indeed specifiable-1 in 18 syllables, but it is not specifiable-0 in
less than 19 syllables ; for all I know it is not specifiable-0 in
less than 23.”

By the way, it seems that Russell thought Berry’s number was 111,777.

Book on self-reference (comprising papers by various contributors)

Posted in Foundations of Math on March 3rd, 2007 by Hector Zenil – Be the first to comment

Table of contents and introduction:

http://www.imm.dtu.dk/~tb/genintro.pdf

On single and shortest axioms for Boolean logic

Posted in Foundations of Math, Mathematical Logic on March 3rd, 2007 by Hector Zenil – 2 Comments

Both the philosopher Charles Sanders Peirce in 1880 and the American logician H. M. Sheffer in 1913 realized that the truth-functions of elementary logic could all be defined from a single operation. The Sheffer stroke, also known as the Nand operation, is a logical operator with the following meaning: p Nand q is true if and only if not both p and q are true. It is named for Henry M. Sheffer, who proved that all the usual operators of Boolean algebra (Not, And, Or, Implies) could be expressed in terms of Nand. There is another logical operator which is able to express all the others: Nor [A set of five independent postulates for Boolean algebras, with application to logical constants. Transactions of the American Mathematical Soc. 14 (1913), pp. 481-488]. In 1933, Edward Huntington proposed an alternative set of axioms for Boolean algebra, consisting of associativity and commutativity plus Huntington’s axiom:

!( !x [Or] y) [Or] ( !( !x [Or] !y ) = x

Huntington showed that the three axioms together imply the axioms of Boolean algebra. Sometime after, Herbert Ellis Robbins also found a single axiom:

!( !( x [Or] y) [Or] ( y [Or] !x )) = x

that he conjectured (when taken  together with associativity and commutativity) implied that of Huntington, so that Robbins algebras are equivalent to Boolean algebras. The proof was finally delivered in 1996 by William McCune, using his theorem prover EQP. See:

Gina Kolata, Computer Math Proof Shows Reasoning Power, The New York Times, 1996.

Tutorial on Automatic Reasoning and Theorem Proving related to the course MAT 504, Topics in Logic, for the Spring term of 1997 from prof. Edward Nelson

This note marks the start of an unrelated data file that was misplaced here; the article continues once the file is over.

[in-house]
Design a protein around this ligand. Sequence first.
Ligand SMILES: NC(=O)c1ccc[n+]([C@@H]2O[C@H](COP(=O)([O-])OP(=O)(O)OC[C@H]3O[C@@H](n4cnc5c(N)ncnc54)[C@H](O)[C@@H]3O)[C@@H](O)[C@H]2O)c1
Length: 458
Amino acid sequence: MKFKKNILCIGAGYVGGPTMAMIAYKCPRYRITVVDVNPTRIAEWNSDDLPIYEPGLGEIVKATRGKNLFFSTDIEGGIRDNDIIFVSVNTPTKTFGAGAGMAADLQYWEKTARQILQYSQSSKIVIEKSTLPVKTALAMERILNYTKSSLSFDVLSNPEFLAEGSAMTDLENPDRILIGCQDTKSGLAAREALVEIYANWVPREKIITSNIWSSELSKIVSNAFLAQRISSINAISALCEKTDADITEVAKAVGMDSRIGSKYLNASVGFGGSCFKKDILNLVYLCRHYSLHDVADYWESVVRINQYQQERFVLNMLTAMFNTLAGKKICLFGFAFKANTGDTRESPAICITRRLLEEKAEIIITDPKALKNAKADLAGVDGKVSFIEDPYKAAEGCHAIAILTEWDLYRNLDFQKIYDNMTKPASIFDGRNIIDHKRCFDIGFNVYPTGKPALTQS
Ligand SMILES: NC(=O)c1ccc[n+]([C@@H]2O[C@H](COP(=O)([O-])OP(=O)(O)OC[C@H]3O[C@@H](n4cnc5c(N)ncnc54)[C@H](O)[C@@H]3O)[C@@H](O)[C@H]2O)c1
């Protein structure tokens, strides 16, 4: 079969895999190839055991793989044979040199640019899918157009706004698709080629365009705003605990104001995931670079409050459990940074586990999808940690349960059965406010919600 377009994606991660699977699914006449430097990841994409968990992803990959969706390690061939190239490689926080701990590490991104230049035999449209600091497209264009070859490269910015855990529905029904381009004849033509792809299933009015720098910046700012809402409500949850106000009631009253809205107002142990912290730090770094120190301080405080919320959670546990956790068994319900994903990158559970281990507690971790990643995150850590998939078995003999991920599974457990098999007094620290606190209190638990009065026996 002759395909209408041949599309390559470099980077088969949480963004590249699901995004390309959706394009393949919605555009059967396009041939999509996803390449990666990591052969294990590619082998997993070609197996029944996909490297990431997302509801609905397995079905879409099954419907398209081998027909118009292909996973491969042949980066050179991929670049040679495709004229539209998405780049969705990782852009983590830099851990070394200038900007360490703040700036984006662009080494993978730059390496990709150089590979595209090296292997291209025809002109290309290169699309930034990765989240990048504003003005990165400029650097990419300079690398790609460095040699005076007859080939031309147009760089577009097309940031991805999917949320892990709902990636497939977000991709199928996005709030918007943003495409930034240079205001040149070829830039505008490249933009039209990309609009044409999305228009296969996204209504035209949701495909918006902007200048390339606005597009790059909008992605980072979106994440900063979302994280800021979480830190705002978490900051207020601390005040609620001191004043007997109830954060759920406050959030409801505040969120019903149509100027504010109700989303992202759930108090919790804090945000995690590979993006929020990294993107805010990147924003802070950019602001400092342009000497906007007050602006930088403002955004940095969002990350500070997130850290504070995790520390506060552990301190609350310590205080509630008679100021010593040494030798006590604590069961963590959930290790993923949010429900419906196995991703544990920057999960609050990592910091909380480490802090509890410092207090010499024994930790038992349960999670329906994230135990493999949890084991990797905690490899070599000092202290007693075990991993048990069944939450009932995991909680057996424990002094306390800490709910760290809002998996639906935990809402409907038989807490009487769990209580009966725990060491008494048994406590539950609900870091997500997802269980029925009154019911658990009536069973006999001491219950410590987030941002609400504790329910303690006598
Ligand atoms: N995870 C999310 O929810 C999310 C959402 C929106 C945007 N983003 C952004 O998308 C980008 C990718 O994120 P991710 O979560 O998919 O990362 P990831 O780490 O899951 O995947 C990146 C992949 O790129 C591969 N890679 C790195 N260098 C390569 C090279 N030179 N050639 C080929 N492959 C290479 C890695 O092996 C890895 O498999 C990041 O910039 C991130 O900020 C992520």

As a result of an exhaustive and systematic computer exploration undertaken by Stephen Wolfram looking for the shortest single axiom equivalent to the axioms of Boolean algebra. Wolfram found among 288684 a single formula (up to other equivalent of the same size) with 6 Nands and 3 variables. It then turns out that Wolfram’s axiom:

(((x [Nand] y) [Nand] z) [Nand] (x [Nand] ((x [Nand] z) [Nand] x))) = z

is equivalent to the axioms of Boolean algebra and the shortest (in the number of operators and variables) single axiom equivalent to Boolean algebra (Wolfram 2002, pp. 808-811 and 1174).

In the NKS notes at the end of the book there is an account that around 1949 Carew Meredith found the axiom system (NKS page 1173):

f[f[a, f[b, c]], f[a, f[b, c]]] = f[f[f[c, a], a],f[f[b, a], a]]f[f[a, a], f[b, a]] ==a

And in 1967 George Spencer Brown found:

f[f[a, a], f[f[b, b], b]] ==af[a, f[b, c]] = f[f[f[f[c, c], a], f[f[b, b], a]], f[f[f[c, c], a], f[f[b, b], a]]]

and again Meredith in 1969:

f[a, f[b, f[a, c]]] = f[a, f[b, f[b, c]]]f[f[a, a], f[b, a]] = af[a, b] == f[b, a]

Carew Meredith spent a long time studying somewhat similar forms. Meredith’s interest in short axioms came originally from Lukasiewicz.

More references:

More bibliographical references (Meredith and Prior 1968 and Meredith 1969b are the main ones on equational logic, and Meredith 1951 contains the six-character single axiom that Prior described as ‘sensational’):

  • - Meredith, C.A. 1951. ‘On an Extended System of the Propositional Calculus’. Proceedings of the Royal Irish Academy, vol. 54 Sect. A, 37-47.
  • - Meredith, C.A. 1953a. ‘Single Axioms for the Systems (C,N), (C, 0), and (A, N) of the Two-Valued Propositional Calculus’. Journal of Computing Systems, vol. 1, 155-164.
  • - Meredith, C.A. 1953b. ‘A Single Axiom of Positive Logic’. Journal of Computing Systems, vol. 1, 169-170.
  • - Meredith, C.A. 1958. ‘The Dependence of an Axiom of Lukasiewicz’. Transactions of the American Mathematical Society, vol. 87, 54.
  • - Meredith, C.A. 1966. ‘Postulates for Implicational Calculi’. Journal of Symbolic Logic, vol. 31, 7-9.
  • - Meredith, C.A. 1969b. ‘Equational Postulates for the Sheffer Stroke’. Notre Dame Journal of Formal Logic, vol. 10, 266-270.
  • - Meredith, C.A., Prior, A.N. 1963. ‘Notes on the Axiomatics of the Propositional Calculus’. Notre Dame Journal of Formal Logic, vol. 4, 171-187.
  • - Meredith, C.A., Prior, A.N. 1968. ‘Equational Logic’. Notre Dame Journal of Formal Logic, vol. 9, 212-226.